, caused a scandal in Paris. All interrogations were recorded on a thirty metre long parchment, kept at the "Archives nationales" in Paris. The prisoners were coerced to confess that they had spat on the Cross : "Moi Raymond de La Fère, 21 ans, reconnais que (J'ai) craché trois fois sur la Croix, mais de bouche et pas de coeur" (free translation : "I, Raymond de La Fère, 21 years old, admit that I have spat three times on the Cross, but only from my mouth and not from my heart"). The Templars were accused of idolatry.

After more bullying from Philip, Pope Clement then issued the papal bull
Papal bull
A Papal bull is a particular type of letters patent or charter issued by a Pope of the Catholic Church. It is named after the bulla that was appended to the end in order to authenticate it....

 Pastoralis Praeeminentiae
Pastoralis Praeeminentiae
Pastoralis Praeeminentiae was the name of a Papal Bull issued by Pope Clement V on November 22, 1307 to all Christian monarchs. It ordered the arrest of all Knights Templar and to seize their properties on behalf of the church...

 on November 22, 1307, which instructed all Christian monarchs in Europe to arrest all Templars and seize their assets.

There were five initial charges lodged against the Templars. The first was the renouncement and spitting on the cross during initiation into the Order. The second was the stripping of the man to be initiated and the thrice kissing of that man by the preceptor on the navel, posteriors and the mouth. The third was telling the neophyte (novice) that unnatural lust was lawful and indulged in commonly. The fourth was that the cord worn by the neophyte day and night was consecrated by wrapping it around an idol in the form of a human head with a great beard, and that this idol was adored in all chapters. The fifth was that the priests of the order did not consecrate the host in celebrating Mass. On August 12, 1308, the charges would be increased and would become more outrageous, one specifically stated that the Templars worshipped idols, specifically made of a cat and a head, the latter having three faces. The lists of articles 86 to 127[3] would add many other charges.
Pope Clement called for papal hearings to determine the Templars' guilt or innocence, and once freed of the Inquisitors
Inquisition
The Inquisition, Inquisitio Haereticae Pravitatis , was the "fight against heretics" by several institutions within the justice-system of the Roman Catholic Church. It started in the 12th century, with the introduction of torture in the persecution of heresy...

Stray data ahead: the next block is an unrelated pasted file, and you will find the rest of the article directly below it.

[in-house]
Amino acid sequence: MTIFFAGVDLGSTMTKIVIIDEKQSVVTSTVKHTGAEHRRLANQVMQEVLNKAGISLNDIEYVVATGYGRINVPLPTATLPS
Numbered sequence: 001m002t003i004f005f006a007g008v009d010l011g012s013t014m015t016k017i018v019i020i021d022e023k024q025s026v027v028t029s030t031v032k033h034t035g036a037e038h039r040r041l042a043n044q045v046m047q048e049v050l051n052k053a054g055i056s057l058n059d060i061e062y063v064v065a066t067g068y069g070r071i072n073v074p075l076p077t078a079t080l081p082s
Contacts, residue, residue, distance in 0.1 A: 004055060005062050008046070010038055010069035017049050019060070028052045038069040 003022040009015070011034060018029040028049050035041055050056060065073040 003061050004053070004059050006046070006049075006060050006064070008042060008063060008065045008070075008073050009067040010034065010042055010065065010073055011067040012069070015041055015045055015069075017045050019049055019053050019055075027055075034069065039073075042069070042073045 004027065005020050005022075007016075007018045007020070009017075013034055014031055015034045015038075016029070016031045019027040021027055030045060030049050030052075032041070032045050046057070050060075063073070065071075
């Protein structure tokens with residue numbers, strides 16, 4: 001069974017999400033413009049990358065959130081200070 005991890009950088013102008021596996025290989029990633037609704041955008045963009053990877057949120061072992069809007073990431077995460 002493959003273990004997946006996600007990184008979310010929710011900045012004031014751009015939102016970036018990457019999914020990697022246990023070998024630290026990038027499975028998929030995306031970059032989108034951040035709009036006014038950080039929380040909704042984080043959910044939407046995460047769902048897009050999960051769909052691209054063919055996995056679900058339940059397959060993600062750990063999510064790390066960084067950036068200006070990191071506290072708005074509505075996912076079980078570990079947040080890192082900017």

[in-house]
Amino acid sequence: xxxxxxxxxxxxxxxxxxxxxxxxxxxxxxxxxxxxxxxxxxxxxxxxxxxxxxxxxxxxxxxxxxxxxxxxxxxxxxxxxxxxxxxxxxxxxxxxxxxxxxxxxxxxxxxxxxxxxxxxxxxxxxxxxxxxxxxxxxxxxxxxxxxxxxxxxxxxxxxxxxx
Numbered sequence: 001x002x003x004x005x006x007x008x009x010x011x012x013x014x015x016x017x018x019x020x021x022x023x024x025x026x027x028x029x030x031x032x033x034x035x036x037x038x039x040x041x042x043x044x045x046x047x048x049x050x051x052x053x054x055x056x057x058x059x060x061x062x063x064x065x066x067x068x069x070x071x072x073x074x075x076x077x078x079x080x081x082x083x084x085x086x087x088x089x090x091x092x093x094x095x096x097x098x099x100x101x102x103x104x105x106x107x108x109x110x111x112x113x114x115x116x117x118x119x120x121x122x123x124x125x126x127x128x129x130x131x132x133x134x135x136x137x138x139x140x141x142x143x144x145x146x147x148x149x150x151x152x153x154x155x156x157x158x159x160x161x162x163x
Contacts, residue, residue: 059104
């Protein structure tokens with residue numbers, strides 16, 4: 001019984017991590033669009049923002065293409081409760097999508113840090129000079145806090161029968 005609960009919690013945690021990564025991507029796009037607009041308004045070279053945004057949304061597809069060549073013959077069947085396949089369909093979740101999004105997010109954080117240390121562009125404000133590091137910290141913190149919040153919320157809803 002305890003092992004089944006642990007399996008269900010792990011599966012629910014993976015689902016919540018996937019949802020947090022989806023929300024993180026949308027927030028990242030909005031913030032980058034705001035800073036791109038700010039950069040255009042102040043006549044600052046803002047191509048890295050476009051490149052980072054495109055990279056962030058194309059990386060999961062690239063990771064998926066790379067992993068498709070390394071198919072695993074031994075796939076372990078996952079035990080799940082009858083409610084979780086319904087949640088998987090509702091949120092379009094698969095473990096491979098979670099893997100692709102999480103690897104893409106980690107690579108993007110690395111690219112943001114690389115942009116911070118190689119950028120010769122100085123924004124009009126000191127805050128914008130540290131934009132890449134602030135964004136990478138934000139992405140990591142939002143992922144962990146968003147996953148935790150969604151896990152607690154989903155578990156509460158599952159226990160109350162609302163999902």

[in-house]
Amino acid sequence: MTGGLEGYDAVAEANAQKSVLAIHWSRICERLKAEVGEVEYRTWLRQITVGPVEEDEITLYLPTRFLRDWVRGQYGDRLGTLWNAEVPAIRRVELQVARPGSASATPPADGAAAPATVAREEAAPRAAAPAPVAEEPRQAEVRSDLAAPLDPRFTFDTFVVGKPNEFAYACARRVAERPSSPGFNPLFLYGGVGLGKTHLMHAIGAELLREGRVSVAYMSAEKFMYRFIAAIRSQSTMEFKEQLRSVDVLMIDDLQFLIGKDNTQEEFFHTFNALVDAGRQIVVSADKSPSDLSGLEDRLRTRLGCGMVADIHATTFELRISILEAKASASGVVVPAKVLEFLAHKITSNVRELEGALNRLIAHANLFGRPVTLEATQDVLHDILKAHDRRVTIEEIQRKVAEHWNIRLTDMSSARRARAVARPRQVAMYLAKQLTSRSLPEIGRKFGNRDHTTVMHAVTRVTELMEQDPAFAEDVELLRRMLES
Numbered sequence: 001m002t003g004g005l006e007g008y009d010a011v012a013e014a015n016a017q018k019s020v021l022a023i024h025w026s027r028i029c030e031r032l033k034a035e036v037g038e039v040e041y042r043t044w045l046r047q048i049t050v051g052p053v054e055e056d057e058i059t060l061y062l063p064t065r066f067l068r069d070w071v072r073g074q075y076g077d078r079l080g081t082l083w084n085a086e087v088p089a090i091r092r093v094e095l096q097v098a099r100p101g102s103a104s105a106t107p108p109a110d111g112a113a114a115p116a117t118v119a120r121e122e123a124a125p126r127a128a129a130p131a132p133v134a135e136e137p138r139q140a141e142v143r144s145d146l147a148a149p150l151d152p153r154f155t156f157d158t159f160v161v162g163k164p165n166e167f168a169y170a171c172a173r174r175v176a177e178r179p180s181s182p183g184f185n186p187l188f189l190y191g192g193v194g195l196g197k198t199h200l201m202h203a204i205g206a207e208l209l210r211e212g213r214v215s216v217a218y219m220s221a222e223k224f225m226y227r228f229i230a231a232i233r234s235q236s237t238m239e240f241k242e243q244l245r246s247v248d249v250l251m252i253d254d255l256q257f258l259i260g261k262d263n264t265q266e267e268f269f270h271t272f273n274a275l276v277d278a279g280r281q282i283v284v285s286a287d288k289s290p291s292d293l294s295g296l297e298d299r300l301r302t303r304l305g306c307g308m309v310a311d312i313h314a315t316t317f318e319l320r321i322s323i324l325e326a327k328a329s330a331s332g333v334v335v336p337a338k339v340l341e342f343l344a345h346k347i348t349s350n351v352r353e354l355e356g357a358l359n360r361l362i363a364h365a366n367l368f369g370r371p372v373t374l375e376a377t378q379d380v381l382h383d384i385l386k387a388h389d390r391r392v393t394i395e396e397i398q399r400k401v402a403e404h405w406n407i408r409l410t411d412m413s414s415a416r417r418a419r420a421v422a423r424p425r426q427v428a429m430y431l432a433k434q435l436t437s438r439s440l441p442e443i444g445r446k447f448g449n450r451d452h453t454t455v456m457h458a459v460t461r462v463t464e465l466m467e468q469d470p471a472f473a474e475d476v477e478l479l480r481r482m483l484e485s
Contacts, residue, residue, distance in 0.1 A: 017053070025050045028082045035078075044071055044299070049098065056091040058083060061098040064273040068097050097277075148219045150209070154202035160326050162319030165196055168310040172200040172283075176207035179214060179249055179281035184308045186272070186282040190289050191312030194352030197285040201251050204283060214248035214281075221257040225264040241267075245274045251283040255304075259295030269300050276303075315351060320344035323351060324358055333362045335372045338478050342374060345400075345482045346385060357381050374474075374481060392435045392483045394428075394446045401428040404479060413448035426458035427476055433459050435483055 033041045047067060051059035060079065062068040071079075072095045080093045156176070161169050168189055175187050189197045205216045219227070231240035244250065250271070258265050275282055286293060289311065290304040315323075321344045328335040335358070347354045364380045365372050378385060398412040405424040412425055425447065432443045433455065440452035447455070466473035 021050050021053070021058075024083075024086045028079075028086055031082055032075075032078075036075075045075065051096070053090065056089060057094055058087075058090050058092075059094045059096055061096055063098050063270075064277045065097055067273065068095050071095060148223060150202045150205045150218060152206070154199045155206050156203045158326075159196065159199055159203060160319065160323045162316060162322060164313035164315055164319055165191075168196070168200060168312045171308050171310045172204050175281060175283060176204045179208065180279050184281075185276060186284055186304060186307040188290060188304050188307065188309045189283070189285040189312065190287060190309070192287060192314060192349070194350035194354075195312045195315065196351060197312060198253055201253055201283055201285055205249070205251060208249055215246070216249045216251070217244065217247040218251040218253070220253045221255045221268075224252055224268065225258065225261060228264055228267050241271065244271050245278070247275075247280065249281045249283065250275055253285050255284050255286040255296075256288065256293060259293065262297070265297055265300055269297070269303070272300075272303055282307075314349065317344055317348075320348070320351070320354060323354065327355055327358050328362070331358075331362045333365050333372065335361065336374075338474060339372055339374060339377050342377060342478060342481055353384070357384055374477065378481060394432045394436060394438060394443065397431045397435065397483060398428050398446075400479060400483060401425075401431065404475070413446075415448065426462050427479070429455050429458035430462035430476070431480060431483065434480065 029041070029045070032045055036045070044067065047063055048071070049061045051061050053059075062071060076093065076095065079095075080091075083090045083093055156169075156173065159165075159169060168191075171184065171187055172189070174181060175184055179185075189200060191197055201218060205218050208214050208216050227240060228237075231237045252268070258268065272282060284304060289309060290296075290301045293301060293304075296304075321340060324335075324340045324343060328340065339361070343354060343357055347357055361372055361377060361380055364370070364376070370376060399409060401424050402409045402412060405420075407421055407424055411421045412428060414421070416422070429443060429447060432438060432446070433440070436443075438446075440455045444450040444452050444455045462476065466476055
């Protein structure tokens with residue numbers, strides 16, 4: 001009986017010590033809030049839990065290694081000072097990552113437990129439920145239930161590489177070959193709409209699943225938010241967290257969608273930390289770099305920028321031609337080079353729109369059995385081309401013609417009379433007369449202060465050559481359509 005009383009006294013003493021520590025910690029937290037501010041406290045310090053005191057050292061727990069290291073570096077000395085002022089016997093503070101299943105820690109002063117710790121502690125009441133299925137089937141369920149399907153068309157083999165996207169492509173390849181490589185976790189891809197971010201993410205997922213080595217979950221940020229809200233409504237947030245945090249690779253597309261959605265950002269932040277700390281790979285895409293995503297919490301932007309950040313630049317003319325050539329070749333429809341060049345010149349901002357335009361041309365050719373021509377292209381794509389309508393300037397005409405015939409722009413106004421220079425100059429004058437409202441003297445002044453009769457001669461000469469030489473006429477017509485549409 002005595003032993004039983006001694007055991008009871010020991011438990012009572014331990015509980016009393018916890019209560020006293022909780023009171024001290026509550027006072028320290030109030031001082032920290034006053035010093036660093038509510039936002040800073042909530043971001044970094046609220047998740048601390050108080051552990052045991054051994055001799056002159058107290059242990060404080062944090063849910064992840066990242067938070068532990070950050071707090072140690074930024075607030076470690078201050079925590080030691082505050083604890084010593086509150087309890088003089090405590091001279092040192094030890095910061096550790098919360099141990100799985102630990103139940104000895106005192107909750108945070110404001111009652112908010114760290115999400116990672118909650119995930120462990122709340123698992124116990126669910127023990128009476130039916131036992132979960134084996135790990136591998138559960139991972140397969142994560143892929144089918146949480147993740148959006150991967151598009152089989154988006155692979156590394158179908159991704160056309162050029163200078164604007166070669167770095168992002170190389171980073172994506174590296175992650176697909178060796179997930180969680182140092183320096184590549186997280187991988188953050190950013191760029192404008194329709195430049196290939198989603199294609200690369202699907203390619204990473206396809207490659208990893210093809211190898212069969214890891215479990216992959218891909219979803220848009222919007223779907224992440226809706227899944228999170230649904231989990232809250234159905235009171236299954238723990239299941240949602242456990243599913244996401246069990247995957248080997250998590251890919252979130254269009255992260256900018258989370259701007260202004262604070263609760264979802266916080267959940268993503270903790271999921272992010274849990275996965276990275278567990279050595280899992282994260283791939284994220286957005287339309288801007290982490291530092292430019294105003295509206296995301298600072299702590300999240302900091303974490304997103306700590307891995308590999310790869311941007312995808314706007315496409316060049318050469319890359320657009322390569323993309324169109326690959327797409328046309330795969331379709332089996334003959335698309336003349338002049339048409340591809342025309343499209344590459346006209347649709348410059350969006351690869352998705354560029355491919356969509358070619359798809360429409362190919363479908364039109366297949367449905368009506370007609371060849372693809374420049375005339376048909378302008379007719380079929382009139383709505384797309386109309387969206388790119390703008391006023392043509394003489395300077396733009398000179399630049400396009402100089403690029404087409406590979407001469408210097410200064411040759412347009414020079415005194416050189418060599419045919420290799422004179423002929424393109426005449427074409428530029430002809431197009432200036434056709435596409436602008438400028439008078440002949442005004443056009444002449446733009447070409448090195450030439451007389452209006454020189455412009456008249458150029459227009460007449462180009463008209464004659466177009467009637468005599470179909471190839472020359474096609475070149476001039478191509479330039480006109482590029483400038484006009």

' torture, many Templars recanted their confessions. Some had sufficient legal experience to defend themselves in the trials
Trial of the Knights Templar
The Trial of the Knights Templar was a major event planned by King Philip IV with the complicity of Pope Clement V in the early 14th century, against the Order of the Knights Templar. King Philip, deeply in debt to the Templars, from the endless financial drain of the wars, ordered a dramatic...

, but in 1310 Philip blocked this attempt, using the previously forced confessions to have dozens of Templars burned at the stake in Paris.

With Philip threatening military action unless the Pope complied with his wishes, Pope Clement finally agreed to disband the Order, citing the public scandal that had been generated by the confessions. At the Council of Vienne
Council of Vienne
The Council of Vienne was the fifteenth Ecumenical Council of the Roman Catholic Church that met between 1311 and 1312 in Vienne. Its principal act was to withdraw papal support for the Knights Templar on the instigation of Philip IV of France.-Background:...

 in 1312, he issued a series of papal bulls, including Vox in excelso
Vox in excelso
Vox in excelso is the name of a Papal Bull issued by Pope Clement V in 1312. The directives given within the Bull were to formally dissolve the Order of the Knights Templar, effectively removing Papal support for them and revoking the mandates given to them by previous popes in the 12th and 13th...

, which officially dissolved the Order, and Ad providam
Ad providam
Ad providam was the name of a Papal Bull issued by Pope Clement V in 1312. It built on a previous bull, Vox in excelso, which had disbanded the order of the Knights Templar...

, which turned over most Templar assets to the Hospitallers.

As for the leaders of the Order, the elderly Grand Master Jacques de Molay
Jacques de Molay
Jacques de Molay was the 23rd and last Grand Master of the Knights Templar, leading the Order from 20 April 1292 until it was dissolved by order of Pope Clement V in 1312...

, who had confessed under torture, retracted his statement. His associate Geoffroi de Charney, Preceptor of Normandy
Normandy